4 Replies Latest reply: Mar 26, 2010 3:33 AM by Neville Hillyer
Neville Hillyer Level 4 Level 4
After hitting the much documented mDNSResponder not found loop on my Intel Xserve yesterday I decided to reformat the disk and reinstall from DVD. I had it working for an hour until the problem returned.

I now have an unusable Xserve. There is some circumstantial evidence that mDNSResponder cannot be found after a permissions repair.

Can anybody shed any light on this?

Is there a permanent fix which will survive a permissions repair?

Xserve and two 733 MHz G4s with Leopard !, Mac OS X (10.6.2)
  • Neville Hillyer Level 4 Level 4
    I was mistaken - it was not a permissions repair issue.

    As far as I can tell (I will test further) it was caused by sharing the boot volume via Server Admin and then removing read access for 'everyone' (within Server Admin). In my opinion this is a serious bug - Server Admin settings should never be able to inhibit booting - preferably file sharing controlled by Server Admin should be totally independent of any local conventional OS X file sharing, or is this too much to expect?

    Others finding this may be interested in my investigations and solution below:

    OS X will not boot if the boot volume lacks read access for 'everyone'.

    My investigations show that this can be caused by:

    Tiger - Terminal (sudo chmod 770 /) - G4 with OS X 10.4.11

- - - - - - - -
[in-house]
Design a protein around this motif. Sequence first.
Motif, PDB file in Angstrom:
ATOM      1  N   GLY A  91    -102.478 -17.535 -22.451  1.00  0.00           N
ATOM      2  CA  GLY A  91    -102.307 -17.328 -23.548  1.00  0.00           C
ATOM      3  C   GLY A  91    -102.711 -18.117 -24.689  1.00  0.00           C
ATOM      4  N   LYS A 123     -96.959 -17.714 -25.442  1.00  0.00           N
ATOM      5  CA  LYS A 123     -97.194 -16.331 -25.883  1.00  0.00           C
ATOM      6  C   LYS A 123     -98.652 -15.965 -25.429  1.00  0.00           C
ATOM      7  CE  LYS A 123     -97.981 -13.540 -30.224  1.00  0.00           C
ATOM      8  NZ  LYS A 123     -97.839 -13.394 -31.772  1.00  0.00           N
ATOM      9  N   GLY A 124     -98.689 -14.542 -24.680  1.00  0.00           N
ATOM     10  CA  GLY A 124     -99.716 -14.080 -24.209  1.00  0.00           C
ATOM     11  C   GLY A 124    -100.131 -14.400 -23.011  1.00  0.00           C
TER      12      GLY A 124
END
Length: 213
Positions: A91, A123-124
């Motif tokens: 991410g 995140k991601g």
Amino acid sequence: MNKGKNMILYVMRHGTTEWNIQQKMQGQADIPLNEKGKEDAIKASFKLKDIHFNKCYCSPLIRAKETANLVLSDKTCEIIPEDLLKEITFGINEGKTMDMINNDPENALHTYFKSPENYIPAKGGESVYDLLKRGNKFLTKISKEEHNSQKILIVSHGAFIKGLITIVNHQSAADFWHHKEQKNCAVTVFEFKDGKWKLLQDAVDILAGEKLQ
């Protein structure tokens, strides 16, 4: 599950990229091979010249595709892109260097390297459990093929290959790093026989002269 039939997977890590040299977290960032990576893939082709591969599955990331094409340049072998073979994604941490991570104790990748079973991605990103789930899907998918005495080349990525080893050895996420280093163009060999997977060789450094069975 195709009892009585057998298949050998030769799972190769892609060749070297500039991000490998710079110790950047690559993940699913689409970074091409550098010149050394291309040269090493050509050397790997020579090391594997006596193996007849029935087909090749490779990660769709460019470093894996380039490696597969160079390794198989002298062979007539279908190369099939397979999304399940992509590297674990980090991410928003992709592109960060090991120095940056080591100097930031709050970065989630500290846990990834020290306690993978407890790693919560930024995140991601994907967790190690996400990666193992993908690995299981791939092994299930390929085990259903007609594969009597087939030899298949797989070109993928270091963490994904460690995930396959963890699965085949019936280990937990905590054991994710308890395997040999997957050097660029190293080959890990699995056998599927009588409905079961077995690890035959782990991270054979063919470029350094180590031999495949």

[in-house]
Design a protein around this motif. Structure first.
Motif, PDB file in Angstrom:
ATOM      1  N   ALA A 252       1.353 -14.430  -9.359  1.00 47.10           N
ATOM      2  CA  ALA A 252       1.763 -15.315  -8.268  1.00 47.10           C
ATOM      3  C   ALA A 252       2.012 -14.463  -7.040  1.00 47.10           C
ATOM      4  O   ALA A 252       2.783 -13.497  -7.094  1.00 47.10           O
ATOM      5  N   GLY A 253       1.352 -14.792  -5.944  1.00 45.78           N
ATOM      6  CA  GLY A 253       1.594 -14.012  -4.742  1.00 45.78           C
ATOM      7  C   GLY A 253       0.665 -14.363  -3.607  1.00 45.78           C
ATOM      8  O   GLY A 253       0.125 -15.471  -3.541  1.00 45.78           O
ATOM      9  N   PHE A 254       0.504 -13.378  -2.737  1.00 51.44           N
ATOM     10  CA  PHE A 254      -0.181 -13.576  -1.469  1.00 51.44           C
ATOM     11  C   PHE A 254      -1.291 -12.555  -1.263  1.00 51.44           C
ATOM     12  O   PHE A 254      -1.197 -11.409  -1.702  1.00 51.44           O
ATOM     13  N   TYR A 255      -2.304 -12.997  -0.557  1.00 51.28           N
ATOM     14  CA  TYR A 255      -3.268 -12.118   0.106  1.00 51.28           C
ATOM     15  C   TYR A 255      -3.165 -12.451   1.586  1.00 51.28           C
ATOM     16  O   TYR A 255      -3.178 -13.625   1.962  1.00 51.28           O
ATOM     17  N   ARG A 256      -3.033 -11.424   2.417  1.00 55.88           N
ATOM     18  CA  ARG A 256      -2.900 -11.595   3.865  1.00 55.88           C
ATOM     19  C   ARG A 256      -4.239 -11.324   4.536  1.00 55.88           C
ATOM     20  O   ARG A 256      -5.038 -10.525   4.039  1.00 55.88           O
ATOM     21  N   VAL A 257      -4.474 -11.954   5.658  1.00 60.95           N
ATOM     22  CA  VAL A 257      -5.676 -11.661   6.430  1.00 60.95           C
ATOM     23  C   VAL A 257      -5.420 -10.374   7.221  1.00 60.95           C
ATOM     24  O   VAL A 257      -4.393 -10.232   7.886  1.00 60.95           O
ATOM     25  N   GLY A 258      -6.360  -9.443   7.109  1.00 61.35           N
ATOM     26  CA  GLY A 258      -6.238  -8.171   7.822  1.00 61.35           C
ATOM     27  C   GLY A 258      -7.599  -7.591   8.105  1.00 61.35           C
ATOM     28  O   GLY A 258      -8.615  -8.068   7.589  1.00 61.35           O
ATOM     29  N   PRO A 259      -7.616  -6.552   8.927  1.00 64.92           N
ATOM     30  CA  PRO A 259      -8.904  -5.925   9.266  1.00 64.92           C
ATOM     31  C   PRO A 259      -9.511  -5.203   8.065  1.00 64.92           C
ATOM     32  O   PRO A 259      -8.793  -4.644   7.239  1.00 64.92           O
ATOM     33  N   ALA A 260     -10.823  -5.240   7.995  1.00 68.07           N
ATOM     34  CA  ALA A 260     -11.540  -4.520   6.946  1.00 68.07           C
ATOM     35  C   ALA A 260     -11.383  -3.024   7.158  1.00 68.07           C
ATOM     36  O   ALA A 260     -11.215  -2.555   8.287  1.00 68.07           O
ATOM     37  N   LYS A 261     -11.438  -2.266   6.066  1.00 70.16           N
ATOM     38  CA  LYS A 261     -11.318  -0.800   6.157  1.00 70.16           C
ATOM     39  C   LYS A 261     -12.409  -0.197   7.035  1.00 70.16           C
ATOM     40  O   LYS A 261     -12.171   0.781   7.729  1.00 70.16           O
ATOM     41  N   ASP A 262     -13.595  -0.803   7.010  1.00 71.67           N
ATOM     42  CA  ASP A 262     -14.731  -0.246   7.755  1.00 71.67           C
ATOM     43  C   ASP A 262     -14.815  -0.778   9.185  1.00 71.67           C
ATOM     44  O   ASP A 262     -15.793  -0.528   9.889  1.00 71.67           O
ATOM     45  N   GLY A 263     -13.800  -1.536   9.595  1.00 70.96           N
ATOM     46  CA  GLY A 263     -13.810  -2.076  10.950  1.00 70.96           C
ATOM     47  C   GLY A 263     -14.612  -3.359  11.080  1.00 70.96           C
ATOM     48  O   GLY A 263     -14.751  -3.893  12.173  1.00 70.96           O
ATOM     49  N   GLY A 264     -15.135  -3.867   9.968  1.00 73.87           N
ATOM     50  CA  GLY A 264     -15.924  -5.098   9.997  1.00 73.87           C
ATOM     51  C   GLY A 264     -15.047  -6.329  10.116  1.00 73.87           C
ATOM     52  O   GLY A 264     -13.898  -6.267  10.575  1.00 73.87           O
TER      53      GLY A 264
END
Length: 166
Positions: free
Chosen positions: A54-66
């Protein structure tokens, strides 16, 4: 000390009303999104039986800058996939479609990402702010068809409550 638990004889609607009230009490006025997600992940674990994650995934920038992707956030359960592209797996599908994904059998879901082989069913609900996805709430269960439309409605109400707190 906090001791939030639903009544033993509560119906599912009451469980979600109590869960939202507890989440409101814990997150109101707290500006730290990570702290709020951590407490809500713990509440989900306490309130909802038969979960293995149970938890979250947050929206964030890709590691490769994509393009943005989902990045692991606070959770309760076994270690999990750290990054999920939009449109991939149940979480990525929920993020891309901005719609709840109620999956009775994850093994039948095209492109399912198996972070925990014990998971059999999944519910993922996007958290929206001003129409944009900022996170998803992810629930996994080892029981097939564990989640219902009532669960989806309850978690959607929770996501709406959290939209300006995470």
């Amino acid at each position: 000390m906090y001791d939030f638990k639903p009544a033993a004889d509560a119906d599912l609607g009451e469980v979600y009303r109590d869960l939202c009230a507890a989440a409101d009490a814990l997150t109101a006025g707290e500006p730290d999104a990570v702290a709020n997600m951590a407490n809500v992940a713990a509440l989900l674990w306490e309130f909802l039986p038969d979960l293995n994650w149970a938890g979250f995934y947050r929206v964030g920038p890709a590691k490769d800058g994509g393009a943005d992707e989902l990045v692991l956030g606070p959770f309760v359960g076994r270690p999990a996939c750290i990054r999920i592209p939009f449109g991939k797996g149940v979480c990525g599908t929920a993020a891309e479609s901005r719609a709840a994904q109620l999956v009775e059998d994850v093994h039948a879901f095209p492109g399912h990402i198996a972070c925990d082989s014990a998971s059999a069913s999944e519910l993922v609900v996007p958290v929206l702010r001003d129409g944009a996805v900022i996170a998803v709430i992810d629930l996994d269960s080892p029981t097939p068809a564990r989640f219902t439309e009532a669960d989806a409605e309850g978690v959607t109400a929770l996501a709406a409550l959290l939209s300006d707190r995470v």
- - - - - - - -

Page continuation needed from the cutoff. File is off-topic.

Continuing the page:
Leopard - Terminal (sudo chmod 770 /) and Finder Get Info - G4 with OS X 10.5.8

    Snow Leopard Server - Disabling 'everyone' access to boot volume in Server Admin (bug?) - Xserve with OS X Server 10.6.2

    Symptoms: Boot failure with indefinite (sometimes intermittent) spinning gear. This step is unnecessary but it provides another symptom of this issue - boot in Verbose Mode (cmd v at start-up) and look for the following repeated every few seconds; 'posix_spawnp("/usr/bin/mDNSResponder", ...): No such file or directory'.

    To confirm that the cause is incorrect boot volume permissions start in Single User Mode (cmd s at start-up). Wait until all activity subsides and type:

    ls -ld /

    followed by the return key.

    Correct permissions are: drwxrwxr-t

    The eighth character is critical. If it is not an r you can correct it as follows:


    /sbin/mount -uw /

    followed by the return key.


    chmod 1775 /

    followed by the return key.



    followed by the return key.

    Hopefully your Mac will now be OK and booting correctly.
  • Neville Hillyer Level 4 Level 4

    I can now confirm that OS X 10.6.2 Server will fail to boot if boot volume permissions for others/everyone are set to no access via Finder Get Info, terminal or Server Admin as per the following.

    Server Admin

  • Eloy Level 1 Level 1
    You just saved me!!!

  • Neville Hillyer Level 4 Level 4
    I can confirm that I did report this to Apple as an OS X Server bug.

    Although my initial search failed to find it they have said that it is a duplicate of another bug report which they are working on.